FRYEAN MYTHOS: *adventure*CAMPBELLIAN FUNCTION: *metaphysical*
For a long time, the temporal order of the three Charles Schneer-Ray Harryhausen films was the same as their order of merit: first 1958's SEVENTH VOYAGE OF SINBAD, followed by 1973's GOLDEN VOYAGE OF SINBAD and then 1977's SINBAD AND THE EYE OF THE TIGER.
But now that I've recently screened the latter two back-to-back, I'm less sure as to which should rank #2.
On specific aspects of these films, some of my opinions remain unchanged. None of the Sinbads in these three films have any history in common-- that is, each story starts over from "0" and makes no attempt at connecting with one another, but all three heroes are portrayed use the same adventurous archetype. Kerwin Matthews of SEVENTH VOYAGE, who begins the story as an adventurer committed to marry a princess, gives the best performance, followed by John Philip Law of GOLDEN, who plays the hero with a wry air of fatalism and ends up affianced to a former slave girl. In TIGER Patrick Wayne's Sinbad, once more in love with a princess, gives a performance as wooden as his ship's deck, though to be sure the script gives him little to work with.
The Harryhausen SPFX aren't as easy to quantify. Though I get a stronger feeling of magic from SEVENTH than from GOLDEN, the latter's wonders-- the six-armed Kali statue and the cyclopean centaur-- are just as admirable as the cyclops-satyr and the dragon from the former film. In comparison, the designs for TIGER's monsters-- the titular saber-toothed tiger, the Minaton (Minotaur-Automaton?)-- are less inspired, and suffer, as Harryhausen himself said, from being "rushed."
All three stories are stories deal with a group of heroes seeking some prize or treasure that a villain or villains also seek, although SEVENTH deals with a villain who forces the heroes to take him to his goal and so forces them to seek the prize in self-defense. GOLDEN's plot deals with two ships in search of a fabulous fountain of riches, which gives the film a considerable resemblance to Stevenson's TREASURE ISLAND. TIGER follows a similar structure, though the heroes have to seek two separate goals: first, seeking out a scholar to guide them, and second, taking his advice on seeking out the fabled land of Hyperborea. All three films sport magicians who attempt to gain power through a trope one might call "the assault on royalty:" Princess Parisa is shrunk to doll-like proportions by Sokurah, the Gran Vizier of Marabia is disfigured by Koura, and Prince Kassim is turned into a baboon by Zenobia. In all three films the defeat of the magicians returns the figures of royalty to normal status and so insures that they will be able to rule well. Of the three, only the Grand Vizier-- who is the only link to proper temporal power following Koura's destruction of a royal house-- receives his rulership without being "born to the purple."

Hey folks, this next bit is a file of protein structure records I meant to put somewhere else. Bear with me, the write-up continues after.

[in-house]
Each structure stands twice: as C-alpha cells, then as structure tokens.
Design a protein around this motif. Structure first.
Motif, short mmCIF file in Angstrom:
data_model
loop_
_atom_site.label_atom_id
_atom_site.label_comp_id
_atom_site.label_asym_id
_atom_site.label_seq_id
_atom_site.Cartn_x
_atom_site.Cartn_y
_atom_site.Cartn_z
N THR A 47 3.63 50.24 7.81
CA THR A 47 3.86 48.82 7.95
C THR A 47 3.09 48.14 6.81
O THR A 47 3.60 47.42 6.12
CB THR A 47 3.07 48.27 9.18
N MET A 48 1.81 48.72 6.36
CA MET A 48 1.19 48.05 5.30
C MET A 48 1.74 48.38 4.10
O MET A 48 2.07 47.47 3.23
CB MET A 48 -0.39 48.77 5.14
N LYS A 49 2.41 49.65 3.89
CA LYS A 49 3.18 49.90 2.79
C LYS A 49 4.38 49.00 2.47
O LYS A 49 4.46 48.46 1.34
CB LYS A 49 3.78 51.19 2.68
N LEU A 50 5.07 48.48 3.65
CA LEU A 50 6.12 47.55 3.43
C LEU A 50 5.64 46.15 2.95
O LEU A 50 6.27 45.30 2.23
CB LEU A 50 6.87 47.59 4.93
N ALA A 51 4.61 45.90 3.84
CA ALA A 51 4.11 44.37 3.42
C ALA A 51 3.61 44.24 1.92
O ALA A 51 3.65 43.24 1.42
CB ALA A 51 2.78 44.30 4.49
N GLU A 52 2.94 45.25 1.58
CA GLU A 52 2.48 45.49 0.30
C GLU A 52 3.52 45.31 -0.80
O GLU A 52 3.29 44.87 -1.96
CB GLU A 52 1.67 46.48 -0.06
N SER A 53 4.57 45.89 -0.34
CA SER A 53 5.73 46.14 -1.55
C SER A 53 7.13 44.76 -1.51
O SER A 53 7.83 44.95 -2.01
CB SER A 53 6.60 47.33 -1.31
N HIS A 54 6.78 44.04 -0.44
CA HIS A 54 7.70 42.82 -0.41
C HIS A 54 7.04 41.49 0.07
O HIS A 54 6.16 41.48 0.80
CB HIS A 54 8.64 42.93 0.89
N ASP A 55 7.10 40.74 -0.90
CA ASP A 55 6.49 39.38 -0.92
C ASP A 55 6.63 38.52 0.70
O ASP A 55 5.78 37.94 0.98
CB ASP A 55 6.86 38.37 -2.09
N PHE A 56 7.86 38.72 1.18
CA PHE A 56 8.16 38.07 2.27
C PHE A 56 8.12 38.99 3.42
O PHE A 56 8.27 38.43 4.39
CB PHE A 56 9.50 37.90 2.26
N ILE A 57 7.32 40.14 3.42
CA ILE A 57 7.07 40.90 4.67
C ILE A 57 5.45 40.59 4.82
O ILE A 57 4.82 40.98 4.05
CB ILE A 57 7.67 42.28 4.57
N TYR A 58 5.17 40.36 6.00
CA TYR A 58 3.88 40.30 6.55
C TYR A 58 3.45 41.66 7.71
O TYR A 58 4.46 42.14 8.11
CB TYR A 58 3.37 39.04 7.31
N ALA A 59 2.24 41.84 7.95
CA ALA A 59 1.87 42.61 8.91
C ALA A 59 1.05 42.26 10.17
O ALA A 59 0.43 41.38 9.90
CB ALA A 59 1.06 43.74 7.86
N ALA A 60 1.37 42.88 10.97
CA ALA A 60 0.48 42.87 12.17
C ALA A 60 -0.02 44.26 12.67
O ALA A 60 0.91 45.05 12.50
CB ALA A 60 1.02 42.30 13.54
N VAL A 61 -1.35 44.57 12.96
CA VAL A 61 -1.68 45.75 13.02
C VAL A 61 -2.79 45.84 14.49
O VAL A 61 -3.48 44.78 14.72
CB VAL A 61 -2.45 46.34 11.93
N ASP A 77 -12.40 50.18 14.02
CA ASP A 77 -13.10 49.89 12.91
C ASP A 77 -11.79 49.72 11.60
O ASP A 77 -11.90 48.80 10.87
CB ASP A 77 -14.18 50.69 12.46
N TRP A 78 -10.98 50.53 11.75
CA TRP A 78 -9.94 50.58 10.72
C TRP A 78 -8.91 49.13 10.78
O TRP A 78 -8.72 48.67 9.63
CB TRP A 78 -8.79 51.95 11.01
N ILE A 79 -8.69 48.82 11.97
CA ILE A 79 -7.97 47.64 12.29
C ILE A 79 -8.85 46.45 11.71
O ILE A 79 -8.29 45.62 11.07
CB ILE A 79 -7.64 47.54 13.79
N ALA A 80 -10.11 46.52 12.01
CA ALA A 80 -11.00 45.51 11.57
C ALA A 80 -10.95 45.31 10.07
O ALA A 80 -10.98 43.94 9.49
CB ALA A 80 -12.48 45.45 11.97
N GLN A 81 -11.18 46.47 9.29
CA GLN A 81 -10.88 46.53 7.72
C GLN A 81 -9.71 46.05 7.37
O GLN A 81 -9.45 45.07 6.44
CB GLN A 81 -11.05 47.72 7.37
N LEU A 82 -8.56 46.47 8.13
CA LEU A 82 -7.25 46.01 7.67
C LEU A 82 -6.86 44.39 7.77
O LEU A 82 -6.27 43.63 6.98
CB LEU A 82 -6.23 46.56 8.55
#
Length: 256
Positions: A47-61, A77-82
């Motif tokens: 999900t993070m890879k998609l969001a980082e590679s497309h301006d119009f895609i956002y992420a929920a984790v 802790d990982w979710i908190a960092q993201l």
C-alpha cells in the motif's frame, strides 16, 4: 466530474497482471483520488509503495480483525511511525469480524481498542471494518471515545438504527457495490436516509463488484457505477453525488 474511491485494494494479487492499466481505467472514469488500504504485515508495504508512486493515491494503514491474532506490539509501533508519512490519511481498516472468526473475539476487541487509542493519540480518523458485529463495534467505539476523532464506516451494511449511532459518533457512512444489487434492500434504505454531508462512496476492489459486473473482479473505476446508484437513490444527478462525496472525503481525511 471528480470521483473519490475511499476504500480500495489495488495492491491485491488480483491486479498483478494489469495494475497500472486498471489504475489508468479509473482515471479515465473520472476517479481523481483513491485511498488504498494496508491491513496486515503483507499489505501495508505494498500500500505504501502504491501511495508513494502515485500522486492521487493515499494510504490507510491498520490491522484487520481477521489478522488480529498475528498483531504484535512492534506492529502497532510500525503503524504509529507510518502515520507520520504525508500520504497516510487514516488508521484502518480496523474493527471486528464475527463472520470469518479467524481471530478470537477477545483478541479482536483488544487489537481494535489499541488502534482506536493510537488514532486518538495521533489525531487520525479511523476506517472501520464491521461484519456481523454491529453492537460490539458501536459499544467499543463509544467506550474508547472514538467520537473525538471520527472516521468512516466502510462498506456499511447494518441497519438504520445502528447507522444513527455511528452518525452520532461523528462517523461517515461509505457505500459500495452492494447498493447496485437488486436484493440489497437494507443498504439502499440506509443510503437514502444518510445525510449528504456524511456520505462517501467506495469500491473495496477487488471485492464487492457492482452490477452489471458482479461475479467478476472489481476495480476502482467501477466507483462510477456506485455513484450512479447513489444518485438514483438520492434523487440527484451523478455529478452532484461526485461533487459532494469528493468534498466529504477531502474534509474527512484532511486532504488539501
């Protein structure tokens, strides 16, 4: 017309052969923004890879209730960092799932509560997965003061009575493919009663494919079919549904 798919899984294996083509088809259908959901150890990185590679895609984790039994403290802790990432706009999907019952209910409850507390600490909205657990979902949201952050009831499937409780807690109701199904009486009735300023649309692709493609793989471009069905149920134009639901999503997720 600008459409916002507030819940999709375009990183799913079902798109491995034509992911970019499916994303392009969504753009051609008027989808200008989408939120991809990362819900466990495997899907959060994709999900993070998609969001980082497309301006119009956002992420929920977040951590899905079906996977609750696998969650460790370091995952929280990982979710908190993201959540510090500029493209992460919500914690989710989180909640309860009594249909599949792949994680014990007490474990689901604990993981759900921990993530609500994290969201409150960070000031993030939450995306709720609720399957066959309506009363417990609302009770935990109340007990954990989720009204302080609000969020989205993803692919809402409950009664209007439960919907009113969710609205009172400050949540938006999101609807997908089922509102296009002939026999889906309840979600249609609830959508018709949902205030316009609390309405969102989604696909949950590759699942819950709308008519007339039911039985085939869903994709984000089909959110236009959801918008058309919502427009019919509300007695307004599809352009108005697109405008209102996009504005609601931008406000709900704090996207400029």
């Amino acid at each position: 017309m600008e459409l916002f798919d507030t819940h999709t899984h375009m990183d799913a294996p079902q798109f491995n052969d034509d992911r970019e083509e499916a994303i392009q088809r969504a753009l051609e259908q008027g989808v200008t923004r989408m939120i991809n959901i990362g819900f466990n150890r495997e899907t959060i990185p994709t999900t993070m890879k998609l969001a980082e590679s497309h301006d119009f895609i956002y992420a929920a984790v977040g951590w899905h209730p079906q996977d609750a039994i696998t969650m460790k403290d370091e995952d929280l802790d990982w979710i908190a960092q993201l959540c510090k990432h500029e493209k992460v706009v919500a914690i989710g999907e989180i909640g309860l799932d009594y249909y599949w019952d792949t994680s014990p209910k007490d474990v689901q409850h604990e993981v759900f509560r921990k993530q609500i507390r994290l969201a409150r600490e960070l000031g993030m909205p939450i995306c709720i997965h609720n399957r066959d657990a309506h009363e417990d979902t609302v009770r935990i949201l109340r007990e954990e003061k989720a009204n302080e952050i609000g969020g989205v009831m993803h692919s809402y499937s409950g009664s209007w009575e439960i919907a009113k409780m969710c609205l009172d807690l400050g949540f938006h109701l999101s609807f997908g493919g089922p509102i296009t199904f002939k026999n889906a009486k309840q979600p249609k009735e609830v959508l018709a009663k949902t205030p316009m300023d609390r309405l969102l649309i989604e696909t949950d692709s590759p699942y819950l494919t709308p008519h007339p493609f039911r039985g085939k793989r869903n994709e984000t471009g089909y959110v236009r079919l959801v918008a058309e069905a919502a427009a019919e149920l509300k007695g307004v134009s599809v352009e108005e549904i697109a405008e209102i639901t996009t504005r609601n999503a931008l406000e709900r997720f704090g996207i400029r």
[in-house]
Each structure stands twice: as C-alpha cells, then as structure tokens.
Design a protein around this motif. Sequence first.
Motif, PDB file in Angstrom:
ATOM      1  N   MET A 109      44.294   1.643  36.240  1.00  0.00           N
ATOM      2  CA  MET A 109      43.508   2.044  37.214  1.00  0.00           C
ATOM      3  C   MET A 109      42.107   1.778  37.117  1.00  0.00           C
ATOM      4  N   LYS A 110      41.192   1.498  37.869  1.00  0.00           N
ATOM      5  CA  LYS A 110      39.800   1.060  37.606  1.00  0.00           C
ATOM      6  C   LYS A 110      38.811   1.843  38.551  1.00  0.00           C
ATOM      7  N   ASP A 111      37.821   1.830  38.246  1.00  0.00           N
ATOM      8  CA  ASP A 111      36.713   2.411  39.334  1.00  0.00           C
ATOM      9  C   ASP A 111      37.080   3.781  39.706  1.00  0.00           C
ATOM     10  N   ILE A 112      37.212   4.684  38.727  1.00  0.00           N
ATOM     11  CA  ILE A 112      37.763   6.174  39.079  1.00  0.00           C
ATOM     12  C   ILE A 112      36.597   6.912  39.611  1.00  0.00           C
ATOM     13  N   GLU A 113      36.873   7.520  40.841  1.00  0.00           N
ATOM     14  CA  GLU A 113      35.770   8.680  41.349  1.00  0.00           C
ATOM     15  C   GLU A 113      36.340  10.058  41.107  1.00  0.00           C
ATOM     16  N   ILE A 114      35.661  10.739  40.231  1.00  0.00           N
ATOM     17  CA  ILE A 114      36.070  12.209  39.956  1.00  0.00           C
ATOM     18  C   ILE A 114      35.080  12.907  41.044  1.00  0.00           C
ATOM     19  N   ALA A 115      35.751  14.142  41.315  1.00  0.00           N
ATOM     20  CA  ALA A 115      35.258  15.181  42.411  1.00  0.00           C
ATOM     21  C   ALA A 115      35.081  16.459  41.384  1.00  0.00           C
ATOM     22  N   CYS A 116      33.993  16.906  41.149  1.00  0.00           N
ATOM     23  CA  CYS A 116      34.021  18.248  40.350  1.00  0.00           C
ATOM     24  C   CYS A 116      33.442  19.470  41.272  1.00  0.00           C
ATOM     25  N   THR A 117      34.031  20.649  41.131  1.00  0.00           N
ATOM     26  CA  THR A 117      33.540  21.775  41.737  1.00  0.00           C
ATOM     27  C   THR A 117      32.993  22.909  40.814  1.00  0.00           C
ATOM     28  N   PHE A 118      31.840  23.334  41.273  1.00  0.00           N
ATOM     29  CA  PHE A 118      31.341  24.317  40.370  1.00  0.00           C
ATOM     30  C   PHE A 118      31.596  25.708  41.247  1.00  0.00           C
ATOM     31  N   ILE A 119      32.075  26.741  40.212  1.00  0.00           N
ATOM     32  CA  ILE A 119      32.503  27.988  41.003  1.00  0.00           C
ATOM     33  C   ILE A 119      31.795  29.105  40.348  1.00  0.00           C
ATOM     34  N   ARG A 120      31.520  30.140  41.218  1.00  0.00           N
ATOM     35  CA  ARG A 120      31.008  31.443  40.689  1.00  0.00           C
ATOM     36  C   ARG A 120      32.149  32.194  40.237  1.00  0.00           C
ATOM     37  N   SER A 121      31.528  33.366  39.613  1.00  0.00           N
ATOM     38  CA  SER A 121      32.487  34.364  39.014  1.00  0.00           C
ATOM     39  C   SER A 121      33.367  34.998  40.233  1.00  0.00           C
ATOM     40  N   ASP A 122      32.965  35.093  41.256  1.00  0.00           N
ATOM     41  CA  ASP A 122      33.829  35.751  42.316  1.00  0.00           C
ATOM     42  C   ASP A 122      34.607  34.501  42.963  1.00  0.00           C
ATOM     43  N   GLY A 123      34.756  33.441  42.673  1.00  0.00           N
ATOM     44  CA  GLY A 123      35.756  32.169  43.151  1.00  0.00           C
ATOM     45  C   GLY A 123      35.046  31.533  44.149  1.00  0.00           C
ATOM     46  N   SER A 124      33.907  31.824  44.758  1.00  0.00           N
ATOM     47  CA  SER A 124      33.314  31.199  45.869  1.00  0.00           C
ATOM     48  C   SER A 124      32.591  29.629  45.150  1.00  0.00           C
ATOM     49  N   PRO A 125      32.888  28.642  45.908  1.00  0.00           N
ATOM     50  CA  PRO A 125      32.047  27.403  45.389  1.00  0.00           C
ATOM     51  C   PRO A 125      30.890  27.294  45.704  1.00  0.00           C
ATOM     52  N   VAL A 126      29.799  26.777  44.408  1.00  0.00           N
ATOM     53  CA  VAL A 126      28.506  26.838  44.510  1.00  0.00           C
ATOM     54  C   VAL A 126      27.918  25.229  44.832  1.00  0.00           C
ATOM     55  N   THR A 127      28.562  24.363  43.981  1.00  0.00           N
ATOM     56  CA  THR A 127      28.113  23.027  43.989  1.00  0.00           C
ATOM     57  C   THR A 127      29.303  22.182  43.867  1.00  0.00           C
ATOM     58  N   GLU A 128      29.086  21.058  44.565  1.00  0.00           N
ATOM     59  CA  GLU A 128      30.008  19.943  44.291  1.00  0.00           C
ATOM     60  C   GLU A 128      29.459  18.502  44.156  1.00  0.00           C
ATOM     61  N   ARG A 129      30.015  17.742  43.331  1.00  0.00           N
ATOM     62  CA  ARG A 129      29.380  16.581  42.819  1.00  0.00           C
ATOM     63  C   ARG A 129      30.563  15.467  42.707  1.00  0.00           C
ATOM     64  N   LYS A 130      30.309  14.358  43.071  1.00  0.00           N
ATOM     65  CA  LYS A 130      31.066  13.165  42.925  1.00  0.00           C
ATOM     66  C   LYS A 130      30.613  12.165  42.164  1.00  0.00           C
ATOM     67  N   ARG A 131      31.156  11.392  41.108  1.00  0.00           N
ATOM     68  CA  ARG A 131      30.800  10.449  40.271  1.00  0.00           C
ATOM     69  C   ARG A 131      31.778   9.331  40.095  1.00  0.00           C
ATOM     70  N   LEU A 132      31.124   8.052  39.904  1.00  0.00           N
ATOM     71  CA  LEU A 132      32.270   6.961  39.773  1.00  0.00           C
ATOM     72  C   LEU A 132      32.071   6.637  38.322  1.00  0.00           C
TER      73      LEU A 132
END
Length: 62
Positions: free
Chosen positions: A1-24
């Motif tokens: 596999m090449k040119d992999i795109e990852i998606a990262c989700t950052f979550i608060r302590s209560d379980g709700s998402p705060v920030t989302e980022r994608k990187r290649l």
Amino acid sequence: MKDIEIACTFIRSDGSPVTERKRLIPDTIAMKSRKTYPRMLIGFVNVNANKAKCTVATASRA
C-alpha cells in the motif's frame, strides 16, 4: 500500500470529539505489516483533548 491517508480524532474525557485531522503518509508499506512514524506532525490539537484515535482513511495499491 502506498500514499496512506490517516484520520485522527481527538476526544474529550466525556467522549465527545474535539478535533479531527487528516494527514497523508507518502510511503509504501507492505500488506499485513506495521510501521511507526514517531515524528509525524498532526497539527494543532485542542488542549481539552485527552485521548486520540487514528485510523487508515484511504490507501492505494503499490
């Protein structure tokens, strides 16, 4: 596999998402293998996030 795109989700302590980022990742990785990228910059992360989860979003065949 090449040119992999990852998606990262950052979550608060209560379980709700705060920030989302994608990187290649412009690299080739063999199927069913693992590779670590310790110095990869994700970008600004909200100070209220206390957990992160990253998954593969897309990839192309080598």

In the departments of writing and directing, however, I may not have given TIGER its due. When Harryhausen's creatures aren't on screen during GOLDEN, the visual set-ups credited to Gordon Hessler are often static and uninvolving. In contrast, TIGER's director Sam Wanamaker shows a great facility with close-ups, and perhaps Wanamaker may have appreciated them since he himself was an actor. Thanks to such expressive close-ups, I found myself far more intrigued by the characters' difficulties, despite the fact that all the actors were giving very broad portraits of unalloyed good and evil.
I don't know the method by which Harryhausen would lay down the essentials of his SPFX-spectacles. so that a professional writer could then arrange them into a screenplay. That said, Brian Clemens' script is often lazy and uninspired. Many of the purely human scenes-- Sinbad setting Marianna free from servitude, or the sailors' teasing of their new shipmate Haroun-- fall flat despite having a lot of character potential.
In contrast, though writer Beverley Cross wasn't working with material as resonant as he did in 1963's JASON AND THE ARGONAUTS and 1981's CLASH OF THE TITANS, he gives his simple characters a great more diversity, with the exception of Sinbad, who is like Perseus of TITANS something of a thickwit. Cross gets a great deal of character mileage out of the way various characters react to Kassim's status as a baboon. This status even ends up working to the benefit of the heroes, when the ape-ified prince is able to enlist the help of another "ape-man," a horned troglodyte predictably nicknamed "Trog." The rather boring "A-story" of the love between Sinbad and Princess Farah is superseded by the "B-story" of a blossoming relationship between Kassim and Dione, daughter of the scholar Melanthius. Amusingly, their relationship is initially more like beast and keeper, a la 1949's MIGHTY JOE YOUNG, but enough tenderness develops that it carries over when Kassim recovers his human status. Trog also has a certain Kong-like effectiveness missing in the rest of the monsters. Finally, though the evil witch Zenobia is a routine Morgan Le Fay type, seeking to overthrow the rightful rulers in order to put her son Rafi on the throne, the witch and her son at least have different skill-sets: Rafi is the master of mechanics who builds the Minaton, while Zenobia brings it to life with her magic-- one of TIGER's most mythic scenes.
I should note that a number of motifs from GOLDEN VOYAGE seem derived from 1940's THE THIEF OF BAGDAD-- the use of eye-motifs, a multi-armed idol, a bunch of savage green natives. However, GOLDEN doesn't use any of these to any great effect. But then, THIEF is one of the greatest magical fantasy-films of all time, so it's no stain on Harryhausen's career not to have reached those heights.